With tensions rapidly escalating over Iran’s nuclear program, and with the recent statements issued by Netanyahu in his recent encounter with Obama, the spectre of armed conflict is yet again haunting the Middle East. Having burnt their fingers in Iraq and Afghanistan, the Pentagon seems to want to avoid an armed conflict and the Whitehouse prefers the use of “diplomacy”. The Israeli government, however, has threatened targeted strikes against Iran’s nuclear sites.

Over the past weeks tensions between Iran and the West have been moving towards a boiling point. The imposition of strict sanctions by the US and its allies is already being felt in Iran and threatens to cripple the economy. Alongside these sanctions, military excursions into the Gulf on both sides, Iran’s test firing of missiles, the assassination of Iranian scientists, the bringing down of an unmanned US drone by Iran, and a constant war of words is threatening to cause an armed clash between Israel and the United States on one side, and Iran on the other.

In the recent period revolutionary movements have grown and surfaced across the world. The events in the Arab world have shown how strong these movements are, indeed they have succeeded in toppling tyrannical regimes in Tunisia and Egypt. Yet what all these movements have lacked is a genuine revolutionary leadership, and this serves as a barrier to genuine socialist revolution. In no country does this apply more so than in Iran.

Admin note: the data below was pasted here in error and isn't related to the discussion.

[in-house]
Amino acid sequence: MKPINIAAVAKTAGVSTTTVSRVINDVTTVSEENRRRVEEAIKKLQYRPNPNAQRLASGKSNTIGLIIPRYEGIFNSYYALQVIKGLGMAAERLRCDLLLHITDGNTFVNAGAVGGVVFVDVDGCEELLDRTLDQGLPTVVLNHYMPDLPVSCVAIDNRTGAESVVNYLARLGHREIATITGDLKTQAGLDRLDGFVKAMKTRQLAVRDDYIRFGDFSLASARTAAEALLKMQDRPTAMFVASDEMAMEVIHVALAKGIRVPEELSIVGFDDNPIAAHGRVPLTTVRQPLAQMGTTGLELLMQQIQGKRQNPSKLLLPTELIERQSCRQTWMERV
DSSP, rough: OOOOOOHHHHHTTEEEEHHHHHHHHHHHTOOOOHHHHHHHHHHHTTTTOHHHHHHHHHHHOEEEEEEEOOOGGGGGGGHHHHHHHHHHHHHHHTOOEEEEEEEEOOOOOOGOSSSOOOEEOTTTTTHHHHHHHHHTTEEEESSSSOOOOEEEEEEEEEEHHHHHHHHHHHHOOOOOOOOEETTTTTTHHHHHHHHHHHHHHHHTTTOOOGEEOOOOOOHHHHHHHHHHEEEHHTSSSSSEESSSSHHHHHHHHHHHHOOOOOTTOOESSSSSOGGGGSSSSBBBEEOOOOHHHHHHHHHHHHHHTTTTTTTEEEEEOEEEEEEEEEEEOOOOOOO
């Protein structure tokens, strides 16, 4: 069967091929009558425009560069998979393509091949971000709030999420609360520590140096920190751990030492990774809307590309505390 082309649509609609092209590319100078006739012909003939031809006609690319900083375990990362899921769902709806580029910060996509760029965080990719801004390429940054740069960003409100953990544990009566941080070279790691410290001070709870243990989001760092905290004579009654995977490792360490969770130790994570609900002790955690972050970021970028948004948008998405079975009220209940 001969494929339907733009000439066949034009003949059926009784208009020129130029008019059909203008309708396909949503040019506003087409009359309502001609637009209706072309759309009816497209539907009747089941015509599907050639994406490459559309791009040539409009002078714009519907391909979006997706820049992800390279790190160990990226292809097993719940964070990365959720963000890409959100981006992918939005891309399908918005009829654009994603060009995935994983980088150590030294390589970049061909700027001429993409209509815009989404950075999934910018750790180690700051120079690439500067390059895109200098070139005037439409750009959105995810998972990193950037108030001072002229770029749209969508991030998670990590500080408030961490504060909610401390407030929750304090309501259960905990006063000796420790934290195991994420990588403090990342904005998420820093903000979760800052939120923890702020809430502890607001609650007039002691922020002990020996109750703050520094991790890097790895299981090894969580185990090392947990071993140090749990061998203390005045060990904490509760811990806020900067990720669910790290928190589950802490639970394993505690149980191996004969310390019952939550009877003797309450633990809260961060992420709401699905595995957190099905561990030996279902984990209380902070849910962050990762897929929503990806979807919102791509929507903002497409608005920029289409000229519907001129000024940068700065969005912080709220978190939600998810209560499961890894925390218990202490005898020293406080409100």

Since Sunday, September 25th more than 6000 casual workers at the Bandar Imam petro-chemical complex – Iran’s 14th largest company, based on reported sales – in the south eastern part of Iran have been on strike. In solidarity with them, workers from at least four other petrochemical plants in the “Petrochemical Special Economic Zone” (PETZONE), housing some of the largest petrochemical complexes of Iran, have been involved in the conflict.

The last few weeks have seen an unprecedented public dispute between the president Mahmoud Ahmadinejad and the supreme leader Ali Khamenei. The dispute officially erupted over Ahmadinejad’s dismissal of Heydar Moslehi, the minister of intelligence who was fired by Ahmadinejad (officially he resigned himself) on April 17, but was then reinstated later the same day by a direct decree from Khamenei. Following Khamenei’s decision to reinstate Moslehi – that was done in a particularly humiliating manner first in a personal letter to Moslehi and then in a public address – Ahmadinejad embarked on an 11 day boycott of his cabinet meetings and many other official meetings.

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